Bob Belden

One of the most adventurous arrangers of the 1990s and 2000s, Bob Belden took the music of Puccini, Prince, and (with the most success) Sting, and turned it into jazz.

After graduating from the University of North Texas in 1978, he was with Woody Herman's Orchestra for 18 months, worked with Donald Byrd off and on during 1981-1985, played with the Mel Lewis Orchestra, and produced a couple of Red Rodney records.

In 1983, Belden settled in New York as a writer for studio sessions. Influenced by Gil Evans, Belden debuted on Sunnyside with Treasure Island, before working on transforming non-jazz material into jazz. Belden also assisted with Columbia Records' Miles Davis reissue program. He played in a duet with trumpeter Tim Hagans, issuing a live album on Blue Note in 2000 entitled Re-Animation Live! The 2001 release Black Dahlia showcased a 12-part orchestra paying tribute to the late Elizabeth Short, a celebrated Hollywood actress who was killed in 1947.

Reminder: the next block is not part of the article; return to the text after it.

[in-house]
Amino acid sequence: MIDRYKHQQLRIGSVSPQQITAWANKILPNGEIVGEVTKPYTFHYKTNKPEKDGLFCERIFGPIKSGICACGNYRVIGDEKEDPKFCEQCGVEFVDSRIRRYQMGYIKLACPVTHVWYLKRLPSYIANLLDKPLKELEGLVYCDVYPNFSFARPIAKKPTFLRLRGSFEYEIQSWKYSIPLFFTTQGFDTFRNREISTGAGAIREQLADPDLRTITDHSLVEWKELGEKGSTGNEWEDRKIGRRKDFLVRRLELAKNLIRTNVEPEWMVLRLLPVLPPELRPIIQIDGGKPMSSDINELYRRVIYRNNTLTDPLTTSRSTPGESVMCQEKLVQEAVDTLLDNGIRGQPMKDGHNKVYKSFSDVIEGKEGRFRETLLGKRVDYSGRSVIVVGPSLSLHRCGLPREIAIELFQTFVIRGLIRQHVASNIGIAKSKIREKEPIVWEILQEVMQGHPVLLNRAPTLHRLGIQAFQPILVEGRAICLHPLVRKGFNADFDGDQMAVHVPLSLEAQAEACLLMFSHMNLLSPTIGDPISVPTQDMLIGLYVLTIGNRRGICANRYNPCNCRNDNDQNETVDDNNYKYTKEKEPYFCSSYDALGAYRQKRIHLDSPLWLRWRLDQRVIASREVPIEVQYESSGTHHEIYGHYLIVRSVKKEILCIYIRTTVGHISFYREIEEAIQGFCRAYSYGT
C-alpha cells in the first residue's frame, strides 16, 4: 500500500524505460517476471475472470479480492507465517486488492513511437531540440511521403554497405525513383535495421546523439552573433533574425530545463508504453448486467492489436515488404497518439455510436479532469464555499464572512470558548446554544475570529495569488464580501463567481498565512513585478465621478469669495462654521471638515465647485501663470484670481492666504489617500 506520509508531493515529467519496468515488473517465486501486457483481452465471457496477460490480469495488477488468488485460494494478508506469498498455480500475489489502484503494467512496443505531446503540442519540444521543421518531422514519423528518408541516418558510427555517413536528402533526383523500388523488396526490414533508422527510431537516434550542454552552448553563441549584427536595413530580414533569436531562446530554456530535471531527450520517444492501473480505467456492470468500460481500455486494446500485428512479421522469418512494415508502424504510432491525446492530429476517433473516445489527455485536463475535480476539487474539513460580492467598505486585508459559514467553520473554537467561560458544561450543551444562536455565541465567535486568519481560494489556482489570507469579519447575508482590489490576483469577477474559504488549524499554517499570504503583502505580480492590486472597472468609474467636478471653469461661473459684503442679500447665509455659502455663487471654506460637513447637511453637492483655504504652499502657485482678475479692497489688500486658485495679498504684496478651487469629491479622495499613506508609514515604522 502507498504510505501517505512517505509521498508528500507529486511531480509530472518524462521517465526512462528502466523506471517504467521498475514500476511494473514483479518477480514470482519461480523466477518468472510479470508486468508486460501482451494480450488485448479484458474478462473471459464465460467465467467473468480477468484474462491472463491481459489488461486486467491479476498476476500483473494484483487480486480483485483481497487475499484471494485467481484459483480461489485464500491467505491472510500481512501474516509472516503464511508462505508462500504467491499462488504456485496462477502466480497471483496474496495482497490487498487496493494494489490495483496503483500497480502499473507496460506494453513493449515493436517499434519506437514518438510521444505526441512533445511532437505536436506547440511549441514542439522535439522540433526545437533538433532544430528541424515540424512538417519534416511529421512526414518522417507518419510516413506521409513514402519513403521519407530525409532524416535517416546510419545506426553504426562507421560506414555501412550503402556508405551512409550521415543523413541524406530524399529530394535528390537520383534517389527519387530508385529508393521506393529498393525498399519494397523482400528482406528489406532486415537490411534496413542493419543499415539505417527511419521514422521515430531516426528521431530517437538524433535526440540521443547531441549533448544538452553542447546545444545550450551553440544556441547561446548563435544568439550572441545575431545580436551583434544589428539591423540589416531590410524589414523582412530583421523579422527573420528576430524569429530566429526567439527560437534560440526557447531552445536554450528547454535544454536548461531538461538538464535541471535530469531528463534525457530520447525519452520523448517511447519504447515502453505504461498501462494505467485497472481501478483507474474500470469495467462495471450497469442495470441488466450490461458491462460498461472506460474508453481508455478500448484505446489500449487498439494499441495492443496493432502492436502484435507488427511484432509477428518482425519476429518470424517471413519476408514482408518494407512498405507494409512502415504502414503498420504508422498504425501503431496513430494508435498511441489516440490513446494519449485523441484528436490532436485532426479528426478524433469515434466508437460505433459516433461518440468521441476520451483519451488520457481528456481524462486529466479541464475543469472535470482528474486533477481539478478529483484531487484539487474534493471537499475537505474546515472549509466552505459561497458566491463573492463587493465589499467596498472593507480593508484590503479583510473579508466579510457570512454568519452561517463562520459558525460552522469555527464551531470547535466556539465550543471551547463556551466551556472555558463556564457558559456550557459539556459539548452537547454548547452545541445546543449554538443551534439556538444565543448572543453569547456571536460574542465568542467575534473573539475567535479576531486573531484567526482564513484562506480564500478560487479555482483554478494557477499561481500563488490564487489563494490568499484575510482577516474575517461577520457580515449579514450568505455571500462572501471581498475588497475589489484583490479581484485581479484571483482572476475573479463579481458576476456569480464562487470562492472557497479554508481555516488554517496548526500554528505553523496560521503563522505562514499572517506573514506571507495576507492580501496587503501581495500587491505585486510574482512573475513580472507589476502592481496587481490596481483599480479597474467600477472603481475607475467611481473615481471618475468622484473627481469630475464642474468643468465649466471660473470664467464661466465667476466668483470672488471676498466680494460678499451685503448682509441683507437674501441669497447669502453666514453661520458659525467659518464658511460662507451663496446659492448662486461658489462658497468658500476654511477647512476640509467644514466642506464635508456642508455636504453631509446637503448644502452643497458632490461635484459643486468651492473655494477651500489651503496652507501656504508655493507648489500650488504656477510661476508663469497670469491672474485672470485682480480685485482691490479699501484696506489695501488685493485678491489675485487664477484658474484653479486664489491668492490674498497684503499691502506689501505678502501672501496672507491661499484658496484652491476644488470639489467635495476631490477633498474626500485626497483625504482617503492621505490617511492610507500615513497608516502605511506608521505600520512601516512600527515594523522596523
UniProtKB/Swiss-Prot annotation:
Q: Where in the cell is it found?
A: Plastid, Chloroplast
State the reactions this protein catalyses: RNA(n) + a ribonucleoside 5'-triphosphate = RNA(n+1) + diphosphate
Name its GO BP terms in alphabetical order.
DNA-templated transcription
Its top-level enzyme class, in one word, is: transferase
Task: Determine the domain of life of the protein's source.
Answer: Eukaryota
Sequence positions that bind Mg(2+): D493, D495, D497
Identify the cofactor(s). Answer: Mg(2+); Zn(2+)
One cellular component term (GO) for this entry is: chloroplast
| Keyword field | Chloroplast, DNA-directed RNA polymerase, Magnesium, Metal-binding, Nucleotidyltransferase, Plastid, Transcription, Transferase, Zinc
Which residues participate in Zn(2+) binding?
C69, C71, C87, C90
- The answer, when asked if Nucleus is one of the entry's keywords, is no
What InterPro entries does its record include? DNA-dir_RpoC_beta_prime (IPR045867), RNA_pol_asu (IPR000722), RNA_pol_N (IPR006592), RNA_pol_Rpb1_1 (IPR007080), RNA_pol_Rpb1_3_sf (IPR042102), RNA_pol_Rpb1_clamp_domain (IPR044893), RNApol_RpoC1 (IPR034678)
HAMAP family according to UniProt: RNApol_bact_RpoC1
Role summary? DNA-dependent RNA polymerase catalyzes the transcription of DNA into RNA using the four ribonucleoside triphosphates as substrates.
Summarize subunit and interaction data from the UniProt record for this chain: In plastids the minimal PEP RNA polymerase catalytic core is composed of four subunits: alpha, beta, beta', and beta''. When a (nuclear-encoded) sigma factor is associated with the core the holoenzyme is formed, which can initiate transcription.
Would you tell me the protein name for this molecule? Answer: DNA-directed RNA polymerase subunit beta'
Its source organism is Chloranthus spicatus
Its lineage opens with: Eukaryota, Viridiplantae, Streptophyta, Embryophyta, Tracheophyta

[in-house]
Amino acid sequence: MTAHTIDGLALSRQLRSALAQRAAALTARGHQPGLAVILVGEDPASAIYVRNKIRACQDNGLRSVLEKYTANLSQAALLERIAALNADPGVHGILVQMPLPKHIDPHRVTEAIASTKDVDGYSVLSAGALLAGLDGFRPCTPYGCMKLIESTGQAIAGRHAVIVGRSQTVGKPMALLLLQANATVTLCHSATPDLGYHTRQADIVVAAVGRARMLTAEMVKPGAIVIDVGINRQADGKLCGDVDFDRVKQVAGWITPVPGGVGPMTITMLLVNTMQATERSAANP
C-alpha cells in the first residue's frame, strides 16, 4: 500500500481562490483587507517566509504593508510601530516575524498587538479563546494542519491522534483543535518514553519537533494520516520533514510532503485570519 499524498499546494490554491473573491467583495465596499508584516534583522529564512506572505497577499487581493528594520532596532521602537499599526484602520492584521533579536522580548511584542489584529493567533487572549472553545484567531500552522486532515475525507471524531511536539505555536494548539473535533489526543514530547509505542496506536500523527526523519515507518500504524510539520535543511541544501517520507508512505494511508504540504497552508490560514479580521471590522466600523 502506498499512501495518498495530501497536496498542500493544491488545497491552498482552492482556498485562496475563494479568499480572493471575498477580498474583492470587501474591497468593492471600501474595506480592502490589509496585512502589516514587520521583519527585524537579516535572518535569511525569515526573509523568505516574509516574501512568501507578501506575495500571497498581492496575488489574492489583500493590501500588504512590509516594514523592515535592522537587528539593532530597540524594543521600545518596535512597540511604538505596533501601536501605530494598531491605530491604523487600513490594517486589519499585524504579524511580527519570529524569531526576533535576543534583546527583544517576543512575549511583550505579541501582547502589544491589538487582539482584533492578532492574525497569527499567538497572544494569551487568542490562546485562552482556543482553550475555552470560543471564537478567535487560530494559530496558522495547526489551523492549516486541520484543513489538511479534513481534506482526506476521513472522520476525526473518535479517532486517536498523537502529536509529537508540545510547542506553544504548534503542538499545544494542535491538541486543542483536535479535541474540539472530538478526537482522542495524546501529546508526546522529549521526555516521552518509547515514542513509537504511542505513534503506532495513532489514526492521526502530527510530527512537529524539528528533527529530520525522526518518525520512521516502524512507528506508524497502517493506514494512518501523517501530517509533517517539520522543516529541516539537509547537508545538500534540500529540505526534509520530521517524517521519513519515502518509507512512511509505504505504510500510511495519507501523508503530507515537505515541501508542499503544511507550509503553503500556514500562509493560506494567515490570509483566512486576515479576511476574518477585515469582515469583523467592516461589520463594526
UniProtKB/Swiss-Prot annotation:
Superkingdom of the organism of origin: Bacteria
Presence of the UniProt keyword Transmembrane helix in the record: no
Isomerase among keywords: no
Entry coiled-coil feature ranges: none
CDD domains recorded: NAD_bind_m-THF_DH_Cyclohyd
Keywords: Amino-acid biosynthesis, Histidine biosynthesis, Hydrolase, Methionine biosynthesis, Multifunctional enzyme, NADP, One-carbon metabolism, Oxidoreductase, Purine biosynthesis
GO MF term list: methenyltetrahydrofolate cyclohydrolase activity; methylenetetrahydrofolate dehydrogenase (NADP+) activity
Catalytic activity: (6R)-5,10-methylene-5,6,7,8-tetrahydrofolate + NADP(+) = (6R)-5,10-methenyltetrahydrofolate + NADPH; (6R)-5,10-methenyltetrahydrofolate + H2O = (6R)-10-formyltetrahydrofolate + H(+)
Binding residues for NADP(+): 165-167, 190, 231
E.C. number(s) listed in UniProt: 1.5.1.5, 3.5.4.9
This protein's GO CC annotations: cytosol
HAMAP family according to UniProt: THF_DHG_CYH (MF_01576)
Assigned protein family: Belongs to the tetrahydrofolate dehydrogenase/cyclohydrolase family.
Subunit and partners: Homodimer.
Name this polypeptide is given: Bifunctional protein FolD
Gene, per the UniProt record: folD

Bob Belden and Animation - Live at Merkin Hall - December 9, 2006

The band's interpretationof Bitches' Brew, a daring project in and of itself, was a great success because of , rather than despite, the liberties taken. Once again Miles Davis' music has been reinvented and made relevant anew, and there could be no better person for the task than Bob Belden.

Dimitry Ekshtut, Jazz Improv, January 2007 read the full article

, - January 2007     Read the full article

Saxophonist Bob Belden 'resynthesise' music from Miles Davis'

classic 'Bitches Brew' live in New York for Jazz on 3.
BBC, March 2007 View the photo album of the session

, - March 2007     Read the full article


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